This Tarzan, in addition to being able to talk to the animals, carries a diamond ring and a mirror that tell him useful things and show him places far in space and time. He is accompanied by a Japanese-looking shōnen named (like in the original Tarzan stories) simply Boy. In the chapters I have, Tarzan and Boy are in the Himalayas, chasing two tomb raider-types named Map and Popo looking for an icon of gold. It is buried somewhere in the mountain-top “Land of Labyrinth,” where people (the Labi tribe) live in holes in the ground. Tarzan and his entourage go through the usual hassles with the natives (who look like your stereotypical African natives, despite this being “India”) before coming up against an even larger trouble: the Gonmos. He turns out to be a King Kong. By August 1957, Tarzan has not yet figured out how to subdue him. “I’ll dig a hole in his brain,” he says while straddling the Gonmos’ neck, pulling his dagger, “that’s the only way to kill him.” But then gets tossed to the ground.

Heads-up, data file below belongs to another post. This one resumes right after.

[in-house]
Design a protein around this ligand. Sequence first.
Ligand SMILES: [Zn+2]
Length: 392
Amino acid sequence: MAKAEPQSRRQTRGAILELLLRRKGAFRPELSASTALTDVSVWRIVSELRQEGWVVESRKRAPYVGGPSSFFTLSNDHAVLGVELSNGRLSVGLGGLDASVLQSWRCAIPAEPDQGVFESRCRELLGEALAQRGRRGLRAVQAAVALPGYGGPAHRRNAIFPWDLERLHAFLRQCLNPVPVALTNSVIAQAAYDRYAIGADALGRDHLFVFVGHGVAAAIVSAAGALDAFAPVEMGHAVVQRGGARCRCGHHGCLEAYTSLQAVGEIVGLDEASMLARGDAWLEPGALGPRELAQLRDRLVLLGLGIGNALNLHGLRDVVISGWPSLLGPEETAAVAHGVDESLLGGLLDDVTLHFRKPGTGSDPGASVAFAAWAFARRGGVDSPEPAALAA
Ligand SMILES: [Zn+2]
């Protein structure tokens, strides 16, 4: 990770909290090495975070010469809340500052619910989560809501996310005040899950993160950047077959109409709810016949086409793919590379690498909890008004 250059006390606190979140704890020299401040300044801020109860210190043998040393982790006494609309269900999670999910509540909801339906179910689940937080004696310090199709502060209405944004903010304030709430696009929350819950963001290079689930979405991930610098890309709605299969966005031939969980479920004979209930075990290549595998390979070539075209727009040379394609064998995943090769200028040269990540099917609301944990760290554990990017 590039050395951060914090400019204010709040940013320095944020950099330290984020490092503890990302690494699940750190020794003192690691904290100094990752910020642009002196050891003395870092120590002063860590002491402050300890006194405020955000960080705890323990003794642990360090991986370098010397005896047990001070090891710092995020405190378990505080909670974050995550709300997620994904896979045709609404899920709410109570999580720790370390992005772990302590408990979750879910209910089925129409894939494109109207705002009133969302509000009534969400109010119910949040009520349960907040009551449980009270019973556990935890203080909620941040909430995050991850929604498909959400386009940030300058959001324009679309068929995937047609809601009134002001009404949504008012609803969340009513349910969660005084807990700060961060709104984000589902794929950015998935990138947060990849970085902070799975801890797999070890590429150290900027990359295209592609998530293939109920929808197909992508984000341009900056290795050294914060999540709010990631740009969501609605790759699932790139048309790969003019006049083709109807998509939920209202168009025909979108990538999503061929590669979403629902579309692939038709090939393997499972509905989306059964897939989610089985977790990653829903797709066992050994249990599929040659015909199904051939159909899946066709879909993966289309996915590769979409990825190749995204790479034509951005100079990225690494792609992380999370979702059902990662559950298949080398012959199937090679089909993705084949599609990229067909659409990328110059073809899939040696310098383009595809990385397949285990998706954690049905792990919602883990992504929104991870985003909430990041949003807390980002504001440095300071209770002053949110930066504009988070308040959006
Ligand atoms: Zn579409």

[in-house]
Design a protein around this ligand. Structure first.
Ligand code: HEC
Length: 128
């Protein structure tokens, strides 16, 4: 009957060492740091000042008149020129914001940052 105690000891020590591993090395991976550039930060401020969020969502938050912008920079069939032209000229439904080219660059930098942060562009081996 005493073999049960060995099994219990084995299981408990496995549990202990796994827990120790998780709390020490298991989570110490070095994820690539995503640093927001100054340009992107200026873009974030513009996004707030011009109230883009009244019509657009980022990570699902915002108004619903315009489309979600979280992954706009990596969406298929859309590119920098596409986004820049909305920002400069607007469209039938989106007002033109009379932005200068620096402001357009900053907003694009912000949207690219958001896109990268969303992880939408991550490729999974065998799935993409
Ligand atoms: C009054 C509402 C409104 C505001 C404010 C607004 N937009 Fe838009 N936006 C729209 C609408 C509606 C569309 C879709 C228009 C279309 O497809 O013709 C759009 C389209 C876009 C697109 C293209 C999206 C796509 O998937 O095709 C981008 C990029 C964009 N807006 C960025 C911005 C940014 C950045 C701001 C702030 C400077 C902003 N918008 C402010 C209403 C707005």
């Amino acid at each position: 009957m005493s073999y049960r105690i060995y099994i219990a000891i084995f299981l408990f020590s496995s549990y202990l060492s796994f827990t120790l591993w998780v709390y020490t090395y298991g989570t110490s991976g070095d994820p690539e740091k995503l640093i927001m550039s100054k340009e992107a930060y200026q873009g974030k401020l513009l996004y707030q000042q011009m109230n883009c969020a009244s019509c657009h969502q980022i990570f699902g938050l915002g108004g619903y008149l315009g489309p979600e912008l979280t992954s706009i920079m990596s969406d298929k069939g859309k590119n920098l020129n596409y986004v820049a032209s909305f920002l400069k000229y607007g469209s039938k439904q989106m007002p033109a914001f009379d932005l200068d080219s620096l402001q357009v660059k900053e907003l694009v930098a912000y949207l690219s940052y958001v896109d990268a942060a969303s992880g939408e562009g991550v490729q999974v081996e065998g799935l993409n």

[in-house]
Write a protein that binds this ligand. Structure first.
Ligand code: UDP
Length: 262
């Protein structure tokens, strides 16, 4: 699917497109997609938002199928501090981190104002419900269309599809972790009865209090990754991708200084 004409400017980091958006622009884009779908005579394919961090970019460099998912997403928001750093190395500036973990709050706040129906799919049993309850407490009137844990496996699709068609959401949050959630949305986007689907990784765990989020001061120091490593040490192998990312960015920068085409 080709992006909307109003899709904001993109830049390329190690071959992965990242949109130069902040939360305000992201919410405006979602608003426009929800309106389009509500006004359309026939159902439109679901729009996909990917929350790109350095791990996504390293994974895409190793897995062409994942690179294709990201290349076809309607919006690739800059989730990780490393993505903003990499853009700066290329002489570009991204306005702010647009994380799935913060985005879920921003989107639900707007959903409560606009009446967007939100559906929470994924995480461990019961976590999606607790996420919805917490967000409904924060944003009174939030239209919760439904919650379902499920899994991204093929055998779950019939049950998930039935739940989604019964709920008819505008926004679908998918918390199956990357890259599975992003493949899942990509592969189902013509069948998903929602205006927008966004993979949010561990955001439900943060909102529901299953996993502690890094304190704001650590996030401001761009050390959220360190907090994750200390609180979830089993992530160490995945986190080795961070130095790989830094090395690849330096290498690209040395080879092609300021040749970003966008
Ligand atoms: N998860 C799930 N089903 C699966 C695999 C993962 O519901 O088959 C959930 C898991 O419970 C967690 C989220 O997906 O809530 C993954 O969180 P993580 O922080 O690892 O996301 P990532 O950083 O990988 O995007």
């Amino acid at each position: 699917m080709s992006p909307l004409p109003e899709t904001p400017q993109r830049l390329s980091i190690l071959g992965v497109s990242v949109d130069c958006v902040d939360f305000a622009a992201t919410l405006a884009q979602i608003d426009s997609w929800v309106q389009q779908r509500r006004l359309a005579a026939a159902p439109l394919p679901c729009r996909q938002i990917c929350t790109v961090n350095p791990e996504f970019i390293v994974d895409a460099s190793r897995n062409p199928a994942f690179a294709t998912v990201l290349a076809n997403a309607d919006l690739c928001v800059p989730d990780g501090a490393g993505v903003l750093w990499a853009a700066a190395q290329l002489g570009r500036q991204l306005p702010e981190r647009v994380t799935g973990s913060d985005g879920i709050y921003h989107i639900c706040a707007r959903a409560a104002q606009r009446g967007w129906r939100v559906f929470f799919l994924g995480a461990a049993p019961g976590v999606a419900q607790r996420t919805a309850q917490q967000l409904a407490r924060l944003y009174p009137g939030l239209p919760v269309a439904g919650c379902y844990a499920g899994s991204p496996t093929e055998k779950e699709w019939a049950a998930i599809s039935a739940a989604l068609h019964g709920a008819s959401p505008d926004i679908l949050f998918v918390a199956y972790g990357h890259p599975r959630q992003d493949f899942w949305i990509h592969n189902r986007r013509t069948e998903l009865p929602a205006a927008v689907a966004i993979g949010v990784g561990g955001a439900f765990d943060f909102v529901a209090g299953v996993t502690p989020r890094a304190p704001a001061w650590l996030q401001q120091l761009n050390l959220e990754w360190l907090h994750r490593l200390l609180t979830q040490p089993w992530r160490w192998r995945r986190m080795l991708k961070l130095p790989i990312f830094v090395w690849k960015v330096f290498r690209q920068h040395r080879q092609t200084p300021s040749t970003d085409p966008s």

Toyoda Minoru (art) & Yamada Akamaro (story), Here Comes Shōnen Tarzan, Shōnen Gahō (August 1957).

None of this has any recognizable Japanese features. Until it turns out that the Gonmos is related to Godzilla. “Because of hydrogen bomb tests, radioactive snow has fallen on the top of the Himalayas. This is what has driven the Gonmos down from his mountain home,” explains a safari-suited white man to turbaned concerned locals. “We must tell the world to put a stop to testing.” The air force (the pilots are white but the planes have the Indian national flag on their side) is called out to stop the Gonmos, but fails. Some are foiled by the Kong’s breathing fire. Others are smashed with his fist.

Toyoda Minoru (art) & Yamada Akamaro (story), Here Comes Shōnen Tarzan, Shōnen Gahō (June 1957).